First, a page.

Photo Credit: Jewish Press

Baruch Goldstein Preempted a Pogrom

I was disappointed by some of the wording in last week’s front-page article. In it, the reporter refers to “the 1994 Cave of the Patriarchs shooting, in which Baruch Goldstein killed 29 Muslims and wounded 125 others as they gathered to pray.” He says nothing, however, about what preceded this attack.

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The fact is that Dr. Baruch Goldstein was a gentle, scholarly Jew and a dedicated physician. He even slept in sweatpants so that he would be immediately available to treat anyone who needed his services. After the Oslo Accords, a growing number of his patients were victims of terrorist shootings.

In the days before the incident, “Ibach al Yahud – Slaughter the Jews” blared from loudspeakers in the mosques of Hebron. Leaflets and posters were printed and posted on walls urging the Arab community to stock up on supplies to prepare for the anticipated curfew that would surely follow what was being publicly advocated: the massacre of Hebron’s Jewish population.

Purim night, as Jews attempted reading the megillah at Ma’arat Hamachpelah, Arabs in the building were in a frenzy, shouting “Kill the Jews!” Jewish worshippers asked IDF soldiers to help them maintain order. They were told nothing could be done.

Considering the context, it is now clear why an individual who loved his people and was used to intervening on their behalf would think that a first strike was necessary. Life is not simple. Sometimes it can be quite ugly. Was the doctor correct in taking preemptive action? Only Hashem can judge.

It is important to know, though, that the residents of Hebron think that Baruch Goldstein saved them from a pogrom. It is also important to know that after the incident, authorities found a huge cache of guns in the Arab section of Ma’arat Hamachpelah.

Rachel Bergman
Miami, FL

 

Why Won’t Rep. Kalish Speak Up?

Thank you for alerting Jews last week to the Chillul Hashem that Rabbi Mark Kalish caused by publicly supporting Roe v. Wade and gay marriage. Unfortunately, he still refuses to publicly retract his comments.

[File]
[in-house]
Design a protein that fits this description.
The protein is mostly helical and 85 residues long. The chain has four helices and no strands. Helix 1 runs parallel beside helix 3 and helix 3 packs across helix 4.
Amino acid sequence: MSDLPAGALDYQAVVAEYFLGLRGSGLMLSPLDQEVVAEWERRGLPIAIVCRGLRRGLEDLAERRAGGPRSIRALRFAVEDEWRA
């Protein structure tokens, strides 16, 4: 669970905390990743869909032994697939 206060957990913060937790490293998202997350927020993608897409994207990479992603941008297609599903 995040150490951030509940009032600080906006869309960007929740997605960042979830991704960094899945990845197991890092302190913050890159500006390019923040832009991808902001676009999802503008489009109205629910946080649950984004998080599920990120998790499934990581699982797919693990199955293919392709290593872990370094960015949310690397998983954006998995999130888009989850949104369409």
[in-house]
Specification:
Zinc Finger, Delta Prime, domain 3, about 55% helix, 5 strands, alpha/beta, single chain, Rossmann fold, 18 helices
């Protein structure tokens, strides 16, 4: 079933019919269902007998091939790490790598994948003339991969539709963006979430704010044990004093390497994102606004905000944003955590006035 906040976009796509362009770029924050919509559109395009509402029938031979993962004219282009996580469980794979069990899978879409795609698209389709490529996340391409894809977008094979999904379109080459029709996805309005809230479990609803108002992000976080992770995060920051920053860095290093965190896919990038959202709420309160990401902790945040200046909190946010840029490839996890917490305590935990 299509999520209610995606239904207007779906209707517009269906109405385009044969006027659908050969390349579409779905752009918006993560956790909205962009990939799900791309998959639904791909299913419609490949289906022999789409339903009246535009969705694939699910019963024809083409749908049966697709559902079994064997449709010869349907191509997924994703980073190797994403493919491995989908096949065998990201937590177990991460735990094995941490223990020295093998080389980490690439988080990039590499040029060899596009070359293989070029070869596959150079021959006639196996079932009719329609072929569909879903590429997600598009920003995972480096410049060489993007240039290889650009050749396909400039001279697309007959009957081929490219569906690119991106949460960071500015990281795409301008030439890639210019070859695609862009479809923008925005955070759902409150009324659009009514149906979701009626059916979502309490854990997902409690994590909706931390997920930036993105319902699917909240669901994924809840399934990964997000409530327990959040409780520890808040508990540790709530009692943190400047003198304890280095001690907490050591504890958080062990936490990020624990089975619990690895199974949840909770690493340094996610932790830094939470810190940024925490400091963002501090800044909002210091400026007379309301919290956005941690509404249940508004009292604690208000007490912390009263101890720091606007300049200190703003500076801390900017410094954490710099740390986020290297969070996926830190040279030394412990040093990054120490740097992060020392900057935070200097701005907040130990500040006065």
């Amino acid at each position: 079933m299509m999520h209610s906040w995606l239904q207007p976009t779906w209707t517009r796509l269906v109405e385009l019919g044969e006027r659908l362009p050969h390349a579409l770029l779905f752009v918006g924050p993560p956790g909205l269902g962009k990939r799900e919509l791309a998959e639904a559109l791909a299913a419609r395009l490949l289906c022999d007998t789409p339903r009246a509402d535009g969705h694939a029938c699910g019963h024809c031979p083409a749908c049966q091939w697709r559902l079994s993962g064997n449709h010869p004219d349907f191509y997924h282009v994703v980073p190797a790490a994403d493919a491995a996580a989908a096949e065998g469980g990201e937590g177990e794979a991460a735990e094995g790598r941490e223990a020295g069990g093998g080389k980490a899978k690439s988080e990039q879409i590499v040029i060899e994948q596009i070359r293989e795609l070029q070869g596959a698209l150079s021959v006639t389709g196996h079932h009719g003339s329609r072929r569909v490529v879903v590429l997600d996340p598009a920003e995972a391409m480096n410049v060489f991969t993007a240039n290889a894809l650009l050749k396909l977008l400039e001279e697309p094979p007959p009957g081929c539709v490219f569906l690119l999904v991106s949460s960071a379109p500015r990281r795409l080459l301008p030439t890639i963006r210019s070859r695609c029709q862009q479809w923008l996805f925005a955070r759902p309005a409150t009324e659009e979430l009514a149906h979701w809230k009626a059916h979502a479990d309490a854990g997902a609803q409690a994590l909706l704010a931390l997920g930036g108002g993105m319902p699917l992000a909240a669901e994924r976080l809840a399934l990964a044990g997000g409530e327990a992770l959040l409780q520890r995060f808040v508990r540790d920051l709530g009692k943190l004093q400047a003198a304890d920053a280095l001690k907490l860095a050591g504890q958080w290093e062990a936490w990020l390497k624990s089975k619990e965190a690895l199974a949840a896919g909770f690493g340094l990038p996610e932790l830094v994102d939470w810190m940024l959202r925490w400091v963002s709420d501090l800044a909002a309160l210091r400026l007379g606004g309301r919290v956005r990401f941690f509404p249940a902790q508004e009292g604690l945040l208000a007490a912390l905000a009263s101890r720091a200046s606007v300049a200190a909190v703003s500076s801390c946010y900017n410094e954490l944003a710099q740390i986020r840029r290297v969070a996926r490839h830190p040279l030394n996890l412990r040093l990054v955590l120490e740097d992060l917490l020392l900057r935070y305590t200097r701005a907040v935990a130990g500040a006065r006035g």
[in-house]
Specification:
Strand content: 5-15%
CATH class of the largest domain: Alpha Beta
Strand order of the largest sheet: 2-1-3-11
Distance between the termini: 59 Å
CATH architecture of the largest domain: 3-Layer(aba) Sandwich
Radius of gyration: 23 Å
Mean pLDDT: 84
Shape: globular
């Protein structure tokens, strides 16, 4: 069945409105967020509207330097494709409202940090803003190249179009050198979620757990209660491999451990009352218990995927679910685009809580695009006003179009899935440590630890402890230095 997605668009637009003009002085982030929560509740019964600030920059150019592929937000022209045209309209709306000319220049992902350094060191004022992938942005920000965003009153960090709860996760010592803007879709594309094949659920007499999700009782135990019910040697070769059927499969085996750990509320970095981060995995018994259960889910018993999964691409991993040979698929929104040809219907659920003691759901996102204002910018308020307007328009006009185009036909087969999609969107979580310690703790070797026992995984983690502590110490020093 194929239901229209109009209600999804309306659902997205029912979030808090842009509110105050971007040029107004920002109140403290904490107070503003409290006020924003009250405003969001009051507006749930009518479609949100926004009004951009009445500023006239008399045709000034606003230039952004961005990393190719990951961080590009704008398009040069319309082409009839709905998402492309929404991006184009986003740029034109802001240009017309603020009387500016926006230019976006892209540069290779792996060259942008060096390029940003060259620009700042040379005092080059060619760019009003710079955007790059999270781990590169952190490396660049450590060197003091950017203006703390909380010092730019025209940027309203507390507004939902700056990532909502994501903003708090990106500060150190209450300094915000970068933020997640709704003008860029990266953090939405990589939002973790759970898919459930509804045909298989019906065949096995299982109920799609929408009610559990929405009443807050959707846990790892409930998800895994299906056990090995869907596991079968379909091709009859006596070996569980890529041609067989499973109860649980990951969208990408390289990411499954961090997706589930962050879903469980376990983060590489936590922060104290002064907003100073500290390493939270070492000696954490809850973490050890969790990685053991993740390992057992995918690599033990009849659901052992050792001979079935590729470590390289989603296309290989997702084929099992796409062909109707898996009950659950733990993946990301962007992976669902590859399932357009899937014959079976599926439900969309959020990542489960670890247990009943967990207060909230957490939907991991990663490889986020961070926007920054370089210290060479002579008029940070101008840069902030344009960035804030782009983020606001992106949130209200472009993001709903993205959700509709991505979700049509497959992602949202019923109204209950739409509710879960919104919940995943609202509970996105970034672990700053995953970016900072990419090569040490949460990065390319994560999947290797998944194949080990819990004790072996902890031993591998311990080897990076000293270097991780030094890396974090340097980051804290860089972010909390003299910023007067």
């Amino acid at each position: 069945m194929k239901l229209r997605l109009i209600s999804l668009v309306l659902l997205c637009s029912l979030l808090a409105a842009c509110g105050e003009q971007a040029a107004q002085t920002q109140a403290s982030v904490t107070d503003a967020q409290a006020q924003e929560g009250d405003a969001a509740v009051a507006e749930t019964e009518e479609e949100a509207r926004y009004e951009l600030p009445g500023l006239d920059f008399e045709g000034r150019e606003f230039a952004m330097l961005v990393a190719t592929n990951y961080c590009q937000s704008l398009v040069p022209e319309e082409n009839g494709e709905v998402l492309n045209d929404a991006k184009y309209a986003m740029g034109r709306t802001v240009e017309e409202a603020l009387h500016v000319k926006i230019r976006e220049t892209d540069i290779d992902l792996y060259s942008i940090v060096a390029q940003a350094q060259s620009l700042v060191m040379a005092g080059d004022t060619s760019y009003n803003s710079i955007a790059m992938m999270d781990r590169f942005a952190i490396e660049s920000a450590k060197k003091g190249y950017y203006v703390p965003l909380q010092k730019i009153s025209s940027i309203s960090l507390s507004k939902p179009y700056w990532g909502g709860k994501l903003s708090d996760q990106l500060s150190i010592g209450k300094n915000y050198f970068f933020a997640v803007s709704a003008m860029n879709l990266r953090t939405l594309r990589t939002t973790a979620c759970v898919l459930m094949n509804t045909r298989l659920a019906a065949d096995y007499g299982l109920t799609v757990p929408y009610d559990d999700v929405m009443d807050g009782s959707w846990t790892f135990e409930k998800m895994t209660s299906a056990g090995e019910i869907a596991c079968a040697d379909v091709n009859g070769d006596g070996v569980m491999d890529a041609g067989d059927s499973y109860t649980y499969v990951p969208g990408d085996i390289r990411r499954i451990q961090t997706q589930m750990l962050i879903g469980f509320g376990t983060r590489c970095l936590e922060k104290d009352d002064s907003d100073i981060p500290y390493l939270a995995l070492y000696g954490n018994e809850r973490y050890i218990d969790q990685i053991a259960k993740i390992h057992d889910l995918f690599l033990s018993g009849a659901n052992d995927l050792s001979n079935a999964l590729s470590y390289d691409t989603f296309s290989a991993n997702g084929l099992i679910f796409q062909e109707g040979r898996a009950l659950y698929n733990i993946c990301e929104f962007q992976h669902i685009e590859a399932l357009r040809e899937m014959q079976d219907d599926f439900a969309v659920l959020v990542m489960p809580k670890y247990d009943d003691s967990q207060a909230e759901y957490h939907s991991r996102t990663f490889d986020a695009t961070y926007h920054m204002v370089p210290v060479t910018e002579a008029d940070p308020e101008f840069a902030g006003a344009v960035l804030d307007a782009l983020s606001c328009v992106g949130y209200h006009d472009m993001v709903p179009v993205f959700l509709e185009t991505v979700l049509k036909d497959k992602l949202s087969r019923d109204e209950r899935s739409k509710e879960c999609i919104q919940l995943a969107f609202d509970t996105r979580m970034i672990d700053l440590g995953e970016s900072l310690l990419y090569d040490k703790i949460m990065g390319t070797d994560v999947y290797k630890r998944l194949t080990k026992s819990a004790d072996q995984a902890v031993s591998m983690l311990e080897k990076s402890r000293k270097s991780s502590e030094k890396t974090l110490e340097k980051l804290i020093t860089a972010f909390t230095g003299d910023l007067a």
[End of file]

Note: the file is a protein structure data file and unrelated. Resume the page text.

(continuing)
Meanwhile, millions of Americans are horrified that 60 million babies have been aborted since Roe v. Wade, and there is talk of New York Governor Cuomo being excommunicated by the Church for signing a radical abortion bill. But our religious leaders say virtually nothing as life is devalued before our eyes.

The Talmud tells us something very scary. It states that the phrase, “Cursed is one who does not fulfill this Torah” refers to those who do not protest public transgression of Torah. And Avos D’Rav Nassan says that a city judge – i.e., a religious leader – who misleads loses his share in the World to Come.

Klal Yisrael comprises one unit. A Chillul Hashem knows no districts. Thankfully, though, we have the spiritual equivalent of Newton’s third law of physics: A Chillul Hashem can elicit an equally powerful and opposite Kiddush Hashem if we work to make it happen. So I urge Rabbi Kalish: Please stand up for our values now – today. Do it for Hashem, His Torah, and His people. Please.

Rabbi Yehuda Levin
Brooklyn, NY

 

Rep. Kalish: Repeat Publicly What You’re Saying Privately

Thank you for publishing Rabbi Yehuda Levin’s article urging Rabbi Yehiel Kalish to resign from the Illinois State legislature.

After I read in the secular press that R’ Kalish supports current abortion legislation and gay marriage and attended a Roe v. Wade anniversary celebration hosted by Planned Parenthood, I called my rosh yeshiva, Rav Shmuel Kamenetzky, shlita, to complain.

He told me he also felt that R’ Kalish’s statements as reported in the media were a terrible bizayon and Chillul Hashem and advised me to call a high-ranking official at Agudath Israel where Rep. Kalish worked for many years. The official I spoke with told me an e-mail from R’ Kalish was circulating in which he claims that the quotes attributed to him did not come from his mouth.

As for him attending the Planned Parenthood celebration: I was very disappointed to hear this official attempt to justify it by explaining that elected officials sometimes have to meet with various groups.

I ultimately actually spoke to R’ Kalish himself. He told me he had mistakenly, and regrettably, signed off on a letter for publication submitted to him by a PR man without reading its contents. But R’ Kalish said that he was not going to publicly deny any of the quotes attributed to him in the press as per the advice of a public relations person. He also said that daas Torah advised him that he could let the matter slide as “gam zeh yavor – this too shall pass.”

Yes, it may pass. Many things pass. But sometimes at an unacceptable price. I therefore plead with R’ Kalish to publicly deny all the anti-Torah and anti-morality statements attributed to him as soon as possible in order to halt and mitigate this awful Chillul Hashem.

Shlomo Winter
Brooklyn, NY

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